iridiscent stone

A Thirst for Innovation: Looking at the Technique

Venetians have excelled in the production of exquisite glassware for many centuries. The glassmaking industry, situated on the Venetian island of Murano, is thought to have reached its peak in the quality and innovation of its production between 1520 and 1540 when its craftsmen found the formula to make glass perfectly colourless. This glass was known as cristallo and became the hallmark of Venetian prestige and technical skill in glassmaking. Having perfected colourless transparency, Venetian glass-makers kept pushing their technical boundaries in other directions. They were thirsty for re-invention.

A close-up image of aventurine inclusions within chalcedony glass. Chalcedony and Aventurine Glass Bowl. Murano (Venice), 18th century, The Courtauld Gallery, London

In the late 17th and 18th centuries, glassmakers developed new materials and accomplished new visual effects. They sought to make coloured glass, which imitated precious stones and minerals, such as chalcedony or, as in this case, opals. Craftsmen were also highly skilled in obtaining complex forms through manipulating the molten glass with specialised tools such as pincers, by blowing it into moulds, and by combining various techniques. 

This exquisite glass bowl bears testimony to the high standards of Venetian glassmakers during this period. It imitates opal, a mineraloid or non-crystalline mineral with different material densities ranging from semi-transparent to opaque, and which can be either iridescent or opalescent similar to a milky appearance. The stone, which today is called opal, was known by the Italian word for sunflower, girasol, in the early 17th century, a reference to its changing aspect under various lighting conditions.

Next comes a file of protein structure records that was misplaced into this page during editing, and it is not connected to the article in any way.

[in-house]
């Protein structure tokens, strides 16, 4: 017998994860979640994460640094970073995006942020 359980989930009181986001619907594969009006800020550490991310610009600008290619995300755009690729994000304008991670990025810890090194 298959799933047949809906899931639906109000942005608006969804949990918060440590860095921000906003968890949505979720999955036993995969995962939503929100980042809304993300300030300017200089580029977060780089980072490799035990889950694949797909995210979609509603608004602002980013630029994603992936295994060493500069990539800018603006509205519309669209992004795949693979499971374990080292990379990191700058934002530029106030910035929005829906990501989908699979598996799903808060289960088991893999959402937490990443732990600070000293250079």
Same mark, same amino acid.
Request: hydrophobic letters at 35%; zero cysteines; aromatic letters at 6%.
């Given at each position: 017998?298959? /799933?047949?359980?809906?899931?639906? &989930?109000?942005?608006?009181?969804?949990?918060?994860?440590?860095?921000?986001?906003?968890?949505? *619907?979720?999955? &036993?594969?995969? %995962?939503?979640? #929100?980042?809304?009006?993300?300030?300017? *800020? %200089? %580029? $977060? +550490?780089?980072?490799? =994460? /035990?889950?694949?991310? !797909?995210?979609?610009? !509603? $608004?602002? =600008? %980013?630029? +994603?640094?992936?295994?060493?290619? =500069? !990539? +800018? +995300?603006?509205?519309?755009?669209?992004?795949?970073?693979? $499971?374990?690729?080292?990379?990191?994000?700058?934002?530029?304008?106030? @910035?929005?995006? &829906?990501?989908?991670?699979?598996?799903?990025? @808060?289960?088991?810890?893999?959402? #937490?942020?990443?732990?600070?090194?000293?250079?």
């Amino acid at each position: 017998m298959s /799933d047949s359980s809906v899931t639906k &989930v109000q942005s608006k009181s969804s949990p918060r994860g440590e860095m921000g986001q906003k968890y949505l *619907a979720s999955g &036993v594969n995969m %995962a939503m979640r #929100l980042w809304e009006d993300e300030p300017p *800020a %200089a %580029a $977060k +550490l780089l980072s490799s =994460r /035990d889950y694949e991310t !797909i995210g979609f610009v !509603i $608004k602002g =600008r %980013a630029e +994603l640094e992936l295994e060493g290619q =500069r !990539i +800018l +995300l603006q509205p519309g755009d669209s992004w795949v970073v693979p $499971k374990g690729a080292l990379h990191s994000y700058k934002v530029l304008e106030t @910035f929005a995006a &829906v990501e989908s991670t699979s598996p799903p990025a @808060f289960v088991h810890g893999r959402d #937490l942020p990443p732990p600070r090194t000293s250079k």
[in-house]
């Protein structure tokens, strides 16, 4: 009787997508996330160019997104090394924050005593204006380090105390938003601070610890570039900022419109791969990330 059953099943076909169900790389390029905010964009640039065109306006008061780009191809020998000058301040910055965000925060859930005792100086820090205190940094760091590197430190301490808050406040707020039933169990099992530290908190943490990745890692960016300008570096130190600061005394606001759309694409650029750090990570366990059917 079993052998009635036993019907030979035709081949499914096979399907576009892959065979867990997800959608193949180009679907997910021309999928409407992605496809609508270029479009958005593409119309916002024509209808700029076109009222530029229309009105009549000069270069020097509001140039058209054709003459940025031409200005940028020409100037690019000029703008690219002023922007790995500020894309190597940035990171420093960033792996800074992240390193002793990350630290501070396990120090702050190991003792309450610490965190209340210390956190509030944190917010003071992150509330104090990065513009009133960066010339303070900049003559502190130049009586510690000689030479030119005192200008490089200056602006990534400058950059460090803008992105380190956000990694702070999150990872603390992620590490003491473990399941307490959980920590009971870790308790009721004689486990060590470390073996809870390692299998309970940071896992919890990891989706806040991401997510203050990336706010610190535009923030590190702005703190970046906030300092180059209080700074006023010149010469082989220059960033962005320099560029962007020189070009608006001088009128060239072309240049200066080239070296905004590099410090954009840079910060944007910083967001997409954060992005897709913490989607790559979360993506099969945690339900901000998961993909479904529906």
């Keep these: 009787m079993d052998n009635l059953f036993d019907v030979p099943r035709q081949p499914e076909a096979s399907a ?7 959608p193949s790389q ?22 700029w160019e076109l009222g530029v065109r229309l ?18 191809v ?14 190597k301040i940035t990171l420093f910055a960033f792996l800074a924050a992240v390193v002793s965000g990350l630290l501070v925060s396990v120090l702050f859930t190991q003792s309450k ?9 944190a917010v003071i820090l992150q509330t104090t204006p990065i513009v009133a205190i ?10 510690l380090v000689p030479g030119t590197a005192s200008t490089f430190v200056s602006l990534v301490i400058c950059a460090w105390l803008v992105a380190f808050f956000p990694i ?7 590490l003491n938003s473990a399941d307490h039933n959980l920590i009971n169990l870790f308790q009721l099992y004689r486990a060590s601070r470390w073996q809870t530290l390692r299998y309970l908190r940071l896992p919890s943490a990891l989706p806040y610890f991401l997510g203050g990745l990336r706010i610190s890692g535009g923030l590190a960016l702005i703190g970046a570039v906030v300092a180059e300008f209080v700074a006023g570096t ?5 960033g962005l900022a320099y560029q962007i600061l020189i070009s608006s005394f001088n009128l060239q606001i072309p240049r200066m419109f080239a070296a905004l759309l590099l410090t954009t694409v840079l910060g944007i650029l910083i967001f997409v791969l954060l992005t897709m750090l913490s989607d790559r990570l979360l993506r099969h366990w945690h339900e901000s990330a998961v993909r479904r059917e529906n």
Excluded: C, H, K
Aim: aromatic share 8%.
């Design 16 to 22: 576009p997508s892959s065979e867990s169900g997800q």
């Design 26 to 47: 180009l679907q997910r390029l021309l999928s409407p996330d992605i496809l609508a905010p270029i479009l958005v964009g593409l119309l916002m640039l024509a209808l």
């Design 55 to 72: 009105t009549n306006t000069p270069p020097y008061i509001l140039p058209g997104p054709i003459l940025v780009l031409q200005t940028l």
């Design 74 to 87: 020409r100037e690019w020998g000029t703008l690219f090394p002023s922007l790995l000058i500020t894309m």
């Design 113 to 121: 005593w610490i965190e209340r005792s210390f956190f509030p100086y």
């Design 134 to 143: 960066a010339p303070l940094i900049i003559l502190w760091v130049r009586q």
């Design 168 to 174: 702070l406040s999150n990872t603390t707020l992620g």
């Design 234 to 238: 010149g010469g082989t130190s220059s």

Opalescent glass bowl under different light conditions. The Courtauld Gallery, London

When light passes through the milky white-bluish tones of this opalescent glass, its hues vary from oranges to fiery reddish colours, creating a visual effect which enhances the superb skills of the craftsmen. 

The light ribbing on the bowl is a strong indicator that this piece was first blown into a mould, with the handles being added later. The crests on the handles were made by pinching the molten glass with the help of pincers. 

Opalescent glass bowl under different light conditions. The Courtauld Gallery, London